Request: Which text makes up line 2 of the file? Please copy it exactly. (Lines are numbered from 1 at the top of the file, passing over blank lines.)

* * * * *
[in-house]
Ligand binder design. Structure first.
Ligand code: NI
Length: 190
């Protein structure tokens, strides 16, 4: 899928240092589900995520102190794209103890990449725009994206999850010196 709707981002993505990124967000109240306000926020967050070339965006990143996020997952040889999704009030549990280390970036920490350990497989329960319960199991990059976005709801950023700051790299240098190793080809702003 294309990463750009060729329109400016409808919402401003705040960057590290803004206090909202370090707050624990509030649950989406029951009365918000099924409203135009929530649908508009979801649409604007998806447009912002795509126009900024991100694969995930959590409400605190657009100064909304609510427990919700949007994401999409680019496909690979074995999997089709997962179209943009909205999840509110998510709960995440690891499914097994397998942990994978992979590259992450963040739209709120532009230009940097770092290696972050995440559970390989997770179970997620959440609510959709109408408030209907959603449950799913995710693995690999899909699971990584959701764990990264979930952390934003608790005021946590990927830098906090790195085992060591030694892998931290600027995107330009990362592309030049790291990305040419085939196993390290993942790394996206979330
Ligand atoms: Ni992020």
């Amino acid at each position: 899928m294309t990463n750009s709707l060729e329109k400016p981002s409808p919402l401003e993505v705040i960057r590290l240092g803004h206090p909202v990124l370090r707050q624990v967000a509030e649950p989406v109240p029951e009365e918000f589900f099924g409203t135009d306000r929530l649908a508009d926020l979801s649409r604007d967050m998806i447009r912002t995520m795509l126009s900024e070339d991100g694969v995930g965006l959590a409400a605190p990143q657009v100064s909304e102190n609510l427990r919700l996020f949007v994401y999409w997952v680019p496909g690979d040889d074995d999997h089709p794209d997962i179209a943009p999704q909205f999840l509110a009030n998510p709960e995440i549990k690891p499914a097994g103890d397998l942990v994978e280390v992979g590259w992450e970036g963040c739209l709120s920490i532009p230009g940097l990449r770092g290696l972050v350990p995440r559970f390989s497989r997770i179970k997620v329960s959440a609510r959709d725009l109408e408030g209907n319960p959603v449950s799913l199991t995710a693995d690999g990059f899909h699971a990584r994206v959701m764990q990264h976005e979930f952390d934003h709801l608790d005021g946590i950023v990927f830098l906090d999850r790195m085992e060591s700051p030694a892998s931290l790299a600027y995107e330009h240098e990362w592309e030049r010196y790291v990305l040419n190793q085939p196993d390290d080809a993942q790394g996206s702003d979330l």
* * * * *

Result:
Ligand binder design. Structure first.